# Feynman's random walk: How does he get $⟨D^2_N⟩=N$?

In Feynman's lectures, section 6.3, I follow most of his argument about a random walk, but I miss one step. To summarize, he's discussing a one-dimensional random walk (eg, determined by coin flips), and his notation is

$N$: steps taken

$D_N$: net distance from start at step $N$ for a given trial

$⟨D^2_N⟩$: expected value for $D_N$ (mean square distance)

I follow him as he shows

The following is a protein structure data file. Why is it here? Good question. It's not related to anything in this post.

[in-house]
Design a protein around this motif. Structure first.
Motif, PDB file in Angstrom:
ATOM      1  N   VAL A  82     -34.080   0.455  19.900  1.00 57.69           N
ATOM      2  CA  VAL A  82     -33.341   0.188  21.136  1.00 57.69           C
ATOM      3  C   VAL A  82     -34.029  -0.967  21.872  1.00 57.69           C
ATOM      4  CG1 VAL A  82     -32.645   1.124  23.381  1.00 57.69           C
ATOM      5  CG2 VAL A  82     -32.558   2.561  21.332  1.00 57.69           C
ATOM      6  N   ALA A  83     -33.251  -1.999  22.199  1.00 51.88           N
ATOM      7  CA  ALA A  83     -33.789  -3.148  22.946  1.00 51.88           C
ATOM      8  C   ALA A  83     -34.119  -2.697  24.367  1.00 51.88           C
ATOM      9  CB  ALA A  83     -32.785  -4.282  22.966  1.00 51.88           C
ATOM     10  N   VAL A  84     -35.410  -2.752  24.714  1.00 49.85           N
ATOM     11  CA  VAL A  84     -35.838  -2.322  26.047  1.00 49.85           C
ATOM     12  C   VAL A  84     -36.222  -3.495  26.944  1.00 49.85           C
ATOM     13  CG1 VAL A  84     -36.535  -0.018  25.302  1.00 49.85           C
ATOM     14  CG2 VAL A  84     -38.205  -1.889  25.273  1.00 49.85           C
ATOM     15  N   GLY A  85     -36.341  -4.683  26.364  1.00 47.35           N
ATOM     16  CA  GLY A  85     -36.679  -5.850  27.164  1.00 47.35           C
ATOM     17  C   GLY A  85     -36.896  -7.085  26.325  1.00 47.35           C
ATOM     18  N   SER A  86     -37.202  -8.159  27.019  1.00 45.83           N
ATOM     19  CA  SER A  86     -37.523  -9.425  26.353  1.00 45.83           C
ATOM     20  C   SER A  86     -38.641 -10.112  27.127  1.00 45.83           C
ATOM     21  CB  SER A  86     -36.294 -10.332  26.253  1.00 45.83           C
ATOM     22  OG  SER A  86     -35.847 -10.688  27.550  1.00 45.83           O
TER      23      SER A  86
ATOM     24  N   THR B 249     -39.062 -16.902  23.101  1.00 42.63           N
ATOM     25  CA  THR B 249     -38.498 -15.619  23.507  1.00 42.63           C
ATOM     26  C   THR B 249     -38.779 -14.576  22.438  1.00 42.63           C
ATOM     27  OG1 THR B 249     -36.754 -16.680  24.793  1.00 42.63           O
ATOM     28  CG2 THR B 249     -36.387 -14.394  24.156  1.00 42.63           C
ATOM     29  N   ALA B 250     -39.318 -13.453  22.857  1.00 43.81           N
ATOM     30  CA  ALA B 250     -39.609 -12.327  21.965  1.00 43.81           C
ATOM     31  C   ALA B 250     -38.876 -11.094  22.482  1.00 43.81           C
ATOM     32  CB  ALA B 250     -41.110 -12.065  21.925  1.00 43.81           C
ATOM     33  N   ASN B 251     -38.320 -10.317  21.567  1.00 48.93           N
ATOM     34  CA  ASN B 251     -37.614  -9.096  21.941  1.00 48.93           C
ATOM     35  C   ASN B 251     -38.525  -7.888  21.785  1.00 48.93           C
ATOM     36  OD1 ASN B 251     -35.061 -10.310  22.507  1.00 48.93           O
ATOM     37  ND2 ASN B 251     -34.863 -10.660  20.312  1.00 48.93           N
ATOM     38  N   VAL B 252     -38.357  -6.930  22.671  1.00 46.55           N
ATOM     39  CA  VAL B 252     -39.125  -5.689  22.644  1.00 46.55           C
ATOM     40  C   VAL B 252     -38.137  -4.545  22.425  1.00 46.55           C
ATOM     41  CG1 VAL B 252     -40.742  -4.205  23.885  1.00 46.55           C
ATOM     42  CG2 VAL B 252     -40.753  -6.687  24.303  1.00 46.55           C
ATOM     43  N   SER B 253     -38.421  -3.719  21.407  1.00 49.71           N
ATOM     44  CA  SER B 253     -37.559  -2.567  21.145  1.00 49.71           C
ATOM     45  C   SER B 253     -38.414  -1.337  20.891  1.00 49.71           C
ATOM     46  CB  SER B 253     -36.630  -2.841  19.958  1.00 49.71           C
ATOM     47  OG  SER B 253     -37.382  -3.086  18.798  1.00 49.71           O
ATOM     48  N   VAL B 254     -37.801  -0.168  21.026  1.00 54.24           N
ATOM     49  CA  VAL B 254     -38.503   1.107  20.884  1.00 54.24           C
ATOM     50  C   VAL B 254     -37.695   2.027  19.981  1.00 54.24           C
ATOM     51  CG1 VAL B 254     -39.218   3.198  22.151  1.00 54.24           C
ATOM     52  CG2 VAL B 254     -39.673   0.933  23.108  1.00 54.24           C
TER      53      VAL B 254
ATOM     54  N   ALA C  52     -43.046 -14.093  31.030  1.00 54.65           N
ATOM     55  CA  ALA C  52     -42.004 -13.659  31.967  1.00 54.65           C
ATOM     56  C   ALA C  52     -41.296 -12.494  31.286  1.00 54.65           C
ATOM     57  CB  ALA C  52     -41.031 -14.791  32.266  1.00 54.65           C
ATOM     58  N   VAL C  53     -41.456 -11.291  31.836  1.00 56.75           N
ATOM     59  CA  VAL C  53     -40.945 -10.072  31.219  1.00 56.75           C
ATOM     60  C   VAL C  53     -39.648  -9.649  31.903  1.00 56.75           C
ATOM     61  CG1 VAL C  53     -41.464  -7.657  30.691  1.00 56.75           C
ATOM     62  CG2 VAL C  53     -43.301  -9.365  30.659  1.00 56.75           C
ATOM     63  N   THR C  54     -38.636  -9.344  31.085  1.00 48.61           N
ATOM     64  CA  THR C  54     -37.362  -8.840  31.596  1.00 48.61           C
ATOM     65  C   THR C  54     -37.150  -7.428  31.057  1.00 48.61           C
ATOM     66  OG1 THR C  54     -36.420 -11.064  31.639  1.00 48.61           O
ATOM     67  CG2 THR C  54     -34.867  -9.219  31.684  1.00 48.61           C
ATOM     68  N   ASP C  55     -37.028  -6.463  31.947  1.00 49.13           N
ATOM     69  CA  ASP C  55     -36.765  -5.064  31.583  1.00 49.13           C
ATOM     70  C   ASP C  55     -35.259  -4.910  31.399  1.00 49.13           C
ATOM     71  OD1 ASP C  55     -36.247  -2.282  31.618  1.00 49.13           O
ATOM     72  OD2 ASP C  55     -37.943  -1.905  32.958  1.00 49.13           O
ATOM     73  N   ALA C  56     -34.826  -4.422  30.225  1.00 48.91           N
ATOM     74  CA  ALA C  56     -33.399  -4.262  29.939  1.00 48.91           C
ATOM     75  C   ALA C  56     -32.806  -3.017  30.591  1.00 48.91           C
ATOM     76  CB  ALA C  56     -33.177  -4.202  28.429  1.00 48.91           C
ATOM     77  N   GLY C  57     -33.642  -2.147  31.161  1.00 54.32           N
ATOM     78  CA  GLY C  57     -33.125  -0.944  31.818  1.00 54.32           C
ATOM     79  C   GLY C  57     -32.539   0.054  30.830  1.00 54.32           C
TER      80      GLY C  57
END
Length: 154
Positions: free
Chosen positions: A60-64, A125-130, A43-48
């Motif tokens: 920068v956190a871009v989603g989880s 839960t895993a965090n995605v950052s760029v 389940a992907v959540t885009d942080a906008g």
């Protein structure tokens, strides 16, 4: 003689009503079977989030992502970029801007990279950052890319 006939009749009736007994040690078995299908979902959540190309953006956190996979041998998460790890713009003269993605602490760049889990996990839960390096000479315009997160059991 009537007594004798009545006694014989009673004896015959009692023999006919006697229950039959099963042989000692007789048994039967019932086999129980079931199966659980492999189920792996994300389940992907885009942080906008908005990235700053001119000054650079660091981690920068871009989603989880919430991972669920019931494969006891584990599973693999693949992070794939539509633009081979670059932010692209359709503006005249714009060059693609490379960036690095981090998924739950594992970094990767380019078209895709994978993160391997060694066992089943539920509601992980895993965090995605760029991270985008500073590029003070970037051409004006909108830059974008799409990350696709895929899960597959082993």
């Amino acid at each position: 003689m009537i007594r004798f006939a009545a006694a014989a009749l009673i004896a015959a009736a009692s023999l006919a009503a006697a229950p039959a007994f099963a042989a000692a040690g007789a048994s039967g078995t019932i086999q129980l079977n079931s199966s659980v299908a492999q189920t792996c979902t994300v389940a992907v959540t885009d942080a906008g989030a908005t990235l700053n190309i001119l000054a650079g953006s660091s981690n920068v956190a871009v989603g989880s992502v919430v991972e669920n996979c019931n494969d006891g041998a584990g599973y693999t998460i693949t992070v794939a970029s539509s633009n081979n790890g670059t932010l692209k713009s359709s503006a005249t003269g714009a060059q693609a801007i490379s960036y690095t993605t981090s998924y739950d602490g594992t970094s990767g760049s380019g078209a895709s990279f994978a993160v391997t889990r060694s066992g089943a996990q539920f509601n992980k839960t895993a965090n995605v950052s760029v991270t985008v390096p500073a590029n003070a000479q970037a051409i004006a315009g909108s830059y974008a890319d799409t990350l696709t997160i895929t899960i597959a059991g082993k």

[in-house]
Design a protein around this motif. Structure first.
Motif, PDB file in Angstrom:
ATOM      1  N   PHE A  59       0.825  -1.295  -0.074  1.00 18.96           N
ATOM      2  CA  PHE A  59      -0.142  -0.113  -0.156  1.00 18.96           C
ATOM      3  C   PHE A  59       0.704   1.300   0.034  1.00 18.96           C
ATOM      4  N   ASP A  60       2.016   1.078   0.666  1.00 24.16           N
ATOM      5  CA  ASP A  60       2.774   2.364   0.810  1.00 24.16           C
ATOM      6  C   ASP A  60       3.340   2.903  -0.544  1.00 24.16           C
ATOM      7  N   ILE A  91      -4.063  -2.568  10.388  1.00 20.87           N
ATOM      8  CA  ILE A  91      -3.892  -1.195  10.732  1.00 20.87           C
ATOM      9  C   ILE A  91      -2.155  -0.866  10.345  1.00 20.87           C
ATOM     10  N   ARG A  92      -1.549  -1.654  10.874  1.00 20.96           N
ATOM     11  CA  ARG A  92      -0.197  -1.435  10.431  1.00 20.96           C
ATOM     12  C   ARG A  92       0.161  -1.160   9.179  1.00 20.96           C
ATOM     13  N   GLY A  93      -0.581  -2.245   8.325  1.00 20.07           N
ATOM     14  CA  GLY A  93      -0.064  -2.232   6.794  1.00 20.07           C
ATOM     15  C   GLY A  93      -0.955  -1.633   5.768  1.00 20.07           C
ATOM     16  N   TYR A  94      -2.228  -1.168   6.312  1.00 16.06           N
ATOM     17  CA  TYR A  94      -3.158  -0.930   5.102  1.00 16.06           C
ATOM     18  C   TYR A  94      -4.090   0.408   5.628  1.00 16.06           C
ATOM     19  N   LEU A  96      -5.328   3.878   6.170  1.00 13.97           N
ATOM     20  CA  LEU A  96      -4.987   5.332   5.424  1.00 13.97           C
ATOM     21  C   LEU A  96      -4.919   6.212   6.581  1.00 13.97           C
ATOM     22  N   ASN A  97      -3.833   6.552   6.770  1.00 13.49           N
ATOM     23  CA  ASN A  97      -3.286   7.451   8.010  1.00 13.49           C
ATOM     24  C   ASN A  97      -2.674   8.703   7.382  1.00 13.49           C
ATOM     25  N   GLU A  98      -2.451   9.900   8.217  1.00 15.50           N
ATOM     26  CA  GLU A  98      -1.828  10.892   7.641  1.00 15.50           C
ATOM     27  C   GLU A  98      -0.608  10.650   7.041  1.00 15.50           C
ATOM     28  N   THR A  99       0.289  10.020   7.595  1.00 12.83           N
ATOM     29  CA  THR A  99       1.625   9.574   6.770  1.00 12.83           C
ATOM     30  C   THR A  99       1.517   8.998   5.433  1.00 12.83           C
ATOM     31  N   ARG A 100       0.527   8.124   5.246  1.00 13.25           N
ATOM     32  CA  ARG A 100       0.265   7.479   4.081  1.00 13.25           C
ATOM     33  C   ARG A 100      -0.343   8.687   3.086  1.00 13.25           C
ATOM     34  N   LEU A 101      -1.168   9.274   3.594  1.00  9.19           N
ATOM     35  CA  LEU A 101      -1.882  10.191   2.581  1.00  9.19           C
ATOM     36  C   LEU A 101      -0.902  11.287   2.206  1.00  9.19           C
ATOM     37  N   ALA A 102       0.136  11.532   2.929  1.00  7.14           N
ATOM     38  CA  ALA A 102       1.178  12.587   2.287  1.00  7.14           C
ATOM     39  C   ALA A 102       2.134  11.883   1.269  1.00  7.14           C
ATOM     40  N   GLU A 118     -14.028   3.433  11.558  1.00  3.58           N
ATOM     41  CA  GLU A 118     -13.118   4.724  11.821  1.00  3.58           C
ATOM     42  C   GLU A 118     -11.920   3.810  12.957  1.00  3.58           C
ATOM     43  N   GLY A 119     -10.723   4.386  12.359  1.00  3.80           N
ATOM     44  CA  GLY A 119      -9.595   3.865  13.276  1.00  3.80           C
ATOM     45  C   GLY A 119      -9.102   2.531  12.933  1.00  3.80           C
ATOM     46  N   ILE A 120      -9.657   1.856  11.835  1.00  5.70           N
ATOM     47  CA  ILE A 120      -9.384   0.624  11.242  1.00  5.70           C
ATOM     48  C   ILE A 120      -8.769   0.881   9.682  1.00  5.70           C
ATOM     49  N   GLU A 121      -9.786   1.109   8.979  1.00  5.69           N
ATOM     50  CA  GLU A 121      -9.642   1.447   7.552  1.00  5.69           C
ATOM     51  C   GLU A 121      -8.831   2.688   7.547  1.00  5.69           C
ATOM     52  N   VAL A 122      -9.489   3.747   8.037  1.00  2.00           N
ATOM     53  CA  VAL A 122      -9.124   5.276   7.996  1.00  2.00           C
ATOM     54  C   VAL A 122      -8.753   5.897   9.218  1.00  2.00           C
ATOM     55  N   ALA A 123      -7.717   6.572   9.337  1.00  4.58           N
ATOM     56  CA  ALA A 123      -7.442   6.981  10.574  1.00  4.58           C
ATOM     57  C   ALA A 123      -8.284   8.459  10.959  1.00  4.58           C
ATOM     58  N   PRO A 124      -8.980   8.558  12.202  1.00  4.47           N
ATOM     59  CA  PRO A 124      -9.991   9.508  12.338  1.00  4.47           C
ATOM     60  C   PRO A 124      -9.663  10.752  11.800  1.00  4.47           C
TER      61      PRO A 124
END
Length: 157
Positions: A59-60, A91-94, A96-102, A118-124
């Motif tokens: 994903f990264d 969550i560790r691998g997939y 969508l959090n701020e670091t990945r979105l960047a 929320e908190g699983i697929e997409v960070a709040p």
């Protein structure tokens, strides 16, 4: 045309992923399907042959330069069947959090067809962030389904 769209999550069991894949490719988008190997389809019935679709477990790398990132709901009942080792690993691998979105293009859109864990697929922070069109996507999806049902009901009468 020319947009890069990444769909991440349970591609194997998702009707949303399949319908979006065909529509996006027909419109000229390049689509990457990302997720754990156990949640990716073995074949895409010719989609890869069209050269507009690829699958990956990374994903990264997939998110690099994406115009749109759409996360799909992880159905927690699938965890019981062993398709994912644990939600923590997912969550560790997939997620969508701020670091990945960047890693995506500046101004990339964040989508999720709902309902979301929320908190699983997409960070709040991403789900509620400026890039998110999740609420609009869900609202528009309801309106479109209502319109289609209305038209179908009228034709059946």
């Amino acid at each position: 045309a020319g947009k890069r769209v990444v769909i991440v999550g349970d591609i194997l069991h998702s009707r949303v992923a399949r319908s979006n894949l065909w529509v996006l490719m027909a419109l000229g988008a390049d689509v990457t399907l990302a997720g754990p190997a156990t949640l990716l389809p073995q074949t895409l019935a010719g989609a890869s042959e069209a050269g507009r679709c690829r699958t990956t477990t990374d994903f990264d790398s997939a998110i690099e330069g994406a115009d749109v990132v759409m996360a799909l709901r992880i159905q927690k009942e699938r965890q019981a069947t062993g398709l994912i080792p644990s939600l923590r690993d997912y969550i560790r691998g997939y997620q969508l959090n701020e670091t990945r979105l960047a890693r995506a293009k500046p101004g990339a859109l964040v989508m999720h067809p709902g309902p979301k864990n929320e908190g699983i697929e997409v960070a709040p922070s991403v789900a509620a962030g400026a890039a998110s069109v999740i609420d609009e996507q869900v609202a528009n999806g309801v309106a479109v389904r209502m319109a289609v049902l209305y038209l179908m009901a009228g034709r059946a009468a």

$⟨D^2_1⟩=1$, and

$⟨D^2_N⟩=⟨D^2_{N−1}⟩+1$.

Then he says it follows that

$⟨D^2_N⟩=N$.

I suppose this last step should be easy, but it's the one I don't follow! I'd appreciate any help. TIA.

• What would $\langle D_2^2\rangle$ be? – lemon Jun 13 '16 at 18:39
• Thanks @lemon! Guess I'm rusty on recognizing recursion. – bostonquad Jun 13 '16 at 19:13

Well, $<D_2^2>=<D_1^2> +1 = 2$ and $<D_3^2>=<D_2^2> +1=3$. I'm guessing you probably follow the pattern now.